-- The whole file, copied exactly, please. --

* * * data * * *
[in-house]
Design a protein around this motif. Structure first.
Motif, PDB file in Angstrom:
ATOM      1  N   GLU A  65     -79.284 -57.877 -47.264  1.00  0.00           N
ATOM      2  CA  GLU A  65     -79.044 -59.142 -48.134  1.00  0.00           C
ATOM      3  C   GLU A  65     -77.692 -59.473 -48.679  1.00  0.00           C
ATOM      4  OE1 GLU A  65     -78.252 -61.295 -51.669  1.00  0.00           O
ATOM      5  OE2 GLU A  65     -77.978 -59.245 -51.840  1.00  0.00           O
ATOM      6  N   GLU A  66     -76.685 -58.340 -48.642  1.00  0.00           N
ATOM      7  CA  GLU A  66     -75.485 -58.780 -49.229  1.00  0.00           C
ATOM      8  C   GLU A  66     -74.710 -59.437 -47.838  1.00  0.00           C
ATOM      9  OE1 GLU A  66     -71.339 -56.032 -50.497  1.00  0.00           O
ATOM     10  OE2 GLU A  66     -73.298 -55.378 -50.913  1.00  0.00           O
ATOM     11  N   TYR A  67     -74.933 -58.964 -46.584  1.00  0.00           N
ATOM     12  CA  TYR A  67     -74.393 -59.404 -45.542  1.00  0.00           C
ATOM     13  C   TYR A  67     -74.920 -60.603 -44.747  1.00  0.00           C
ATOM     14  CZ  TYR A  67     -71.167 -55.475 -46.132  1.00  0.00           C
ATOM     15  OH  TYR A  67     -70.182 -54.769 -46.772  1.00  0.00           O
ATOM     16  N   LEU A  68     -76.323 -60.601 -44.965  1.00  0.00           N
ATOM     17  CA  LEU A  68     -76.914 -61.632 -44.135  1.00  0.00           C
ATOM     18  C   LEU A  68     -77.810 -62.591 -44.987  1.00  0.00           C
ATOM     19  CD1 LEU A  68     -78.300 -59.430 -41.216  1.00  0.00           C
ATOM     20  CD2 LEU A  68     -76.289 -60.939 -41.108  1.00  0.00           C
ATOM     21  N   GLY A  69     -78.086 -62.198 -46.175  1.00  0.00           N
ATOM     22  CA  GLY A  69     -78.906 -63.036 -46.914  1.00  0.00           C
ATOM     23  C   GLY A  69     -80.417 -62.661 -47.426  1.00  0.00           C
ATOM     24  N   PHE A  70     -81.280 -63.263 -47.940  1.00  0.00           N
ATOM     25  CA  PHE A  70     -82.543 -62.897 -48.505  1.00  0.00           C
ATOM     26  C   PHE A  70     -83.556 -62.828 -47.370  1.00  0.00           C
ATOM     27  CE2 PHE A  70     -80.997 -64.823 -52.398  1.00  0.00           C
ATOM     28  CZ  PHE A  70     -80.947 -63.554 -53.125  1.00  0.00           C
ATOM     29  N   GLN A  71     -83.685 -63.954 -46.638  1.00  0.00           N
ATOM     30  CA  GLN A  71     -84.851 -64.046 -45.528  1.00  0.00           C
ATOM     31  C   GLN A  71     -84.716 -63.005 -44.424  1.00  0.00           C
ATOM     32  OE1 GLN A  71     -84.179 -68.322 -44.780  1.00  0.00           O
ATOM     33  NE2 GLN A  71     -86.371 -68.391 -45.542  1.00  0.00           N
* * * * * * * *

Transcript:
[in-house]
Design a protein around this motif. Structure first.
Motif, PDB file in Angstrom:
ATOM      1  N   GLU A  65     -79.284 -57.877 -47.264  1.00  0.00           N
ATOM      2  CA  GLU A  65     -79.044 -59.142 -48.134  1.00  0.00           C
ATOM      3  C   GLU A  65     -77.692 -59.473 -48.679  1.00  0.00           C
ATOM      4  OE1 GLU A  65     -78.252 -61.295 -51.669  1.00  0.00           O
ATOM      5  OE2 GLU A  65     -77.978 -59.245 -51.840  1.00  0.00           O
ATOM      6  N   GLU A  66     -76.685 -58.340 -48.642  1.00  0.00           N
ATOM      7  CA  GLU A  66     -75.485 -58.780 -49.229  1.00  0.00           C
ATOM      8  C   GLU A  66     -74.710 -59.437 -47.838  1.00  0.00           C
ATOM      9  OE1 GLU A  66     -71.339 -56.032 -50.497  1.00  0.00           O
ATOM     10  OE2 GLU A  66     -73.298 -55.378 -50.913  1.00  0.00           O
ATOM     11  N   TYR A  67     -74.933 -58.964 -46.584  1.00  0.00           N
ATOM     12  CA  TYR A  67     -74.393 -59.404 -45.542  1.00  0.00           C
ATOM     13  C   TYR A  67     -74.920 -60.603 -44.747  1.00  0.00           C
ATOM     14  CZ  TYR A  67     -71.167 -55.475 -46.132  1.00  0.00           C
ATOM     15  OH  TYR A  67     -70.182 -54.769 -46.772  1.00  0.00           O
ATOM     16  N   LEU A  68     -76.323 -60.601 -44.965  1.00  0.00           N
ATOM     17  CA  LEU A  68     -76.914 -61.632 -44.135  1.00  0.00           C
ATOM     18  C   LEU A  68     -77.810 -62.591 -44.987  1.00  0.00           C
ATOM     19  CD1 LEU A  68     -78.300 -59.430 -41.216  1.00  0.00           C
ATOM     20  CD2 LEU A  68     -76.289 -60.939 -41.108  1.00  0.00           C
ATOM     21  N   GLY A  69     -78.086 -62.198 -46.175  1.00  0.00           N
ATOM     22  CA  GLY A  69     -78.906 -63.036 -46.914  1.00  0.00           C
ATOM     23  C   GLY A  69     -80.417 -62.661 -47.426  1.00  0.00           C
ATOM     24  N   PHE A  70     -81.280 -63.263 -47.940  1.00  0.00           N
ATOM     25  CA  PHE A  70     -82.543 -62.897 -48.505  1.00  0.00           C
ATOM     26  C   PHE A  70     -83.556 -62.828 -47.370  1.00  0.00           C
ATOM     27  CE2 PHE A  70     -80.997 -64.823 -52.398  1.00  0.00           C
ATOM     28  CZ  PHE A  70     -80.947 -63.554 -53.125  1.00  0.00           C
ATOM     29  N   GLN A  71     -83.685 -63.954 -46.638  1.00  0.00           N
ATOM     30  CA  GLN A  71     -84.851 -64.046 -45.528  1.00  0.00           C
ATOM     31  C   GLN A  71     -84.716 -63.005 -44.424  1.00  0.00           C
ATOM     32  OE1 GLN A  71     -84.179 -68.322 -44.780  1.00  0.00           O
ATOM     33  NE2 GLN A  71     -86.371 -68.391 -45.542  1.00  0.00           N